Big IdeasBudget & Forecast Essentials
04 March 2019
Budgeting and forecasting are an important part of a successful business planning process. We live, work and play in a fast-moving world and the complexity this brings ensures that budgeting & forecasting are daunting tasks. Daunting, but well worth the effort.
These are similar tools that are best used together but there are some subtle and important differences.
A budget is set for a fixed period of time and illustrates the plan – or where you want to go. It is tightly linked to strategy and sets the businesses expectations for revenue, gross profit, expenses, net profit, capital expenditure and debt. For reporting purposes, the budget is compared to actual results so that the reader can see how the business has performed against the set plan. The key benefits are that the process will help you to set expectations, uncover inefficiencies, agree key performance indicators (KPI’s), and visualise how you will achieve your strategy.
Forecasting uses up to date financial and non-financial information in order to project where your business will actually go depending on the various factors that influence your business. As time moves on, this gives us an early warning signal of a divergence from your plan (or budget) and assists in making decisions to either recover a gap or to return increasingly better results.
Both a budget and a forecast are completely dependent on sound assumptions. The more accurate you can be when making decisions, the more effective you’ll be in achieving your plans.
In 2019, we have access to better and more detailed data and we can make use of technology that enables more effective use of the data. With good communication and a structured process, budgeting and forecasting can be done quicker and more accurately than in in the past.
We are often asked – how do you prepare a budget?
The best answer is that the process needs to be tailored to the business. Some examples of the choices are:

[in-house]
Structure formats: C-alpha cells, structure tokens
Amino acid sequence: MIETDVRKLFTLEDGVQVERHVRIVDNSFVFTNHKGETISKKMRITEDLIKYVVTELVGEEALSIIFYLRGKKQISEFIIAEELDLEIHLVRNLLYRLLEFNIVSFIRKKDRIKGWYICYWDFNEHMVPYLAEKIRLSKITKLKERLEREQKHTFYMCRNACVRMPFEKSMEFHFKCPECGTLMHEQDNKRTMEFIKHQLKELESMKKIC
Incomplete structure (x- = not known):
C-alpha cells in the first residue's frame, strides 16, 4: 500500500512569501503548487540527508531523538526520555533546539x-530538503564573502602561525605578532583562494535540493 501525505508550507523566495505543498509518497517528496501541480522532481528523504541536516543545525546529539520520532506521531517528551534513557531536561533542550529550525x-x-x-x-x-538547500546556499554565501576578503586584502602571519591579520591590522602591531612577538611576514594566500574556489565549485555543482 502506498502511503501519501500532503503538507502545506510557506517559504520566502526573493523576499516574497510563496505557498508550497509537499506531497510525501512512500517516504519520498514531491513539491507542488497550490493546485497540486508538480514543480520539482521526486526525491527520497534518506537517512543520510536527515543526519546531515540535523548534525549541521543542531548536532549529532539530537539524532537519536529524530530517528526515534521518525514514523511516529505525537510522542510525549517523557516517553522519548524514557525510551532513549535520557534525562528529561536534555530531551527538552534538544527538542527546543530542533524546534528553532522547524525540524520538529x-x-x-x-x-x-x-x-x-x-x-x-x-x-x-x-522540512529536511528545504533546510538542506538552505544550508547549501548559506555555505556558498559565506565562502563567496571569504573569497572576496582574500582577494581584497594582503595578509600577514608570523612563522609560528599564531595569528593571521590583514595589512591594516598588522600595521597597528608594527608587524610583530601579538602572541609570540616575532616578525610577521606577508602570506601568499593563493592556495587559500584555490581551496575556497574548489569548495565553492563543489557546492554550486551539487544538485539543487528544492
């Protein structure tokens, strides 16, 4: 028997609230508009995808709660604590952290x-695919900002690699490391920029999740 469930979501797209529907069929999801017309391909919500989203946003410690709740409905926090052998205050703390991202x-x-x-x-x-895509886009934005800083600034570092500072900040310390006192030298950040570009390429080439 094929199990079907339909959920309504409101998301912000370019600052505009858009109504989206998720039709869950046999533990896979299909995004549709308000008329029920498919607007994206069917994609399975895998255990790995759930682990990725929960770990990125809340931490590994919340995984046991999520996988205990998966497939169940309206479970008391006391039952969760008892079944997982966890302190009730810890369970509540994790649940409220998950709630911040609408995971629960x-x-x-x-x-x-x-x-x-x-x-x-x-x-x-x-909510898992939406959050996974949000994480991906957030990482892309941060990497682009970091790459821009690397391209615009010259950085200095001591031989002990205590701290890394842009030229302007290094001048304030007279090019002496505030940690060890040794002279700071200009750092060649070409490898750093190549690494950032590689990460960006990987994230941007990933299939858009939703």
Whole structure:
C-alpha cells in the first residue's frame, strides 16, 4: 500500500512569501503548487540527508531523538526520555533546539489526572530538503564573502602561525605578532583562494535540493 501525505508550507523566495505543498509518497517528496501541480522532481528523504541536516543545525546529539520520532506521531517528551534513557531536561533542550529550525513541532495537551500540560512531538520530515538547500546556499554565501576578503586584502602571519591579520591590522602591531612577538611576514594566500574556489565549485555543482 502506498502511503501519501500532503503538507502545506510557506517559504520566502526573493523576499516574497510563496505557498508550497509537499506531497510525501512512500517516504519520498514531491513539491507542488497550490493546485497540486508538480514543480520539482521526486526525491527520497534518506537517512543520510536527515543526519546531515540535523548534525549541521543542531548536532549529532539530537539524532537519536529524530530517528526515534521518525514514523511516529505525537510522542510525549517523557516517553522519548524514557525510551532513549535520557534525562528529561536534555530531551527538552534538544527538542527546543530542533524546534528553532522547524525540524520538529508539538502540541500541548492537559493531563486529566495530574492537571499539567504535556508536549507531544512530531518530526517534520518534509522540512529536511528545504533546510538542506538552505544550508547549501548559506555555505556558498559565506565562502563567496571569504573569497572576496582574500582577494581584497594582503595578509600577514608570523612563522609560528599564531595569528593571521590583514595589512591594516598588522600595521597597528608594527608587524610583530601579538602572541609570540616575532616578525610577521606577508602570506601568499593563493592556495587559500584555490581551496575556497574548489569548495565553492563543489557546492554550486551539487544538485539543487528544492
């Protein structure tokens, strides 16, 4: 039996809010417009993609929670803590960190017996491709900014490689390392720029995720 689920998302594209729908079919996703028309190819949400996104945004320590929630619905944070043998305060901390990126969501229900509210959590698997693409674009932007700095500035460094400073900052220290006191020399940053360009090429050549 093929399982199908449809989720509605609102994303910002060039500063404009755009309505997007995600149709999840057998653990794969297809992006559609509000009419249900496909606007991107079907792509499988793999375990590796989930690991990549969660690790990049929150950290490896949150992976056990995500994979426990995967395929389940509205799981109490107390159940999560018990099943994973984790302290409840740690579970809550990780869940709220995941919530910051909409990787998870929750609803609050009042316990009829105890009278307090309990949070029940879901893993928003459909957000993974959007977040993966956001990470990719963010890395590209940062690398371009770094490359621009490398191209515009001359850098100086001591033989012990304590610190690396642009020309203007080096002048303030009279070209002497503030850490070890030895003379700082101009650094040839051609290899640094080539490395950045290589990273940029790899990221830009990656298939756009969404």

This is as it sounds – from the top, or from the team.
A top down approach is driven by business owners or top-level management. They will develop a high-level budget and then ask the different business units or cost centres to develop plans and numbers that fit within that. A bottom up approach is the opposite, the business units will recommend a budget to the top level for approval.
A top down approach can save time and is less of a disturbance to people working in your business but it can cause the team to feel alienated or aloof from the overall plan. The lost opportunity could be missing out on valuable input from key people that have a solid understanding of the day-to-day.
A bottom up budget process is more inclusive and can bring an important feel for reality, especially where we explore and drill down on the drivers of revenue and expenditure. An inclusive approach can be big plus in terms of culture and buy-in to strategy. On the other hand, the budgeting process can be quite involved, time consuming and, at times, frustrating!
In our experience, we’ve seen both methods go well and both not so well. The key elements driving success are: leadership, focusing on the underlying drivers, thoughtful communication, and rigorous testing of assumptions.
If you’ve ever used the budgeting tool in your accounting software you’ve probably noticed a few handy functions that allow you to spread costs evenly, increase or decrease in increments, or adjust based on percentages. These are handy but should not be used without purpose.
We often see people using these tools to create a quick budget based on pure guesswork and then later making decisions based on deviations from their guess. This is far from ideal! Here are a few pointers that you can use to bring that guesswork closer to reality:
1. Look at history
Learn from your mistakes. If you went through a budgeting process last year, review the assumptions you made and see where you can improve – why make the same mistake twice? Document everything, you won’t regret it.
Your historical information can also give you a guide on the timing of revenue and expense (think seasons, large annual subscriptions etc.) and is useful for trend analysis.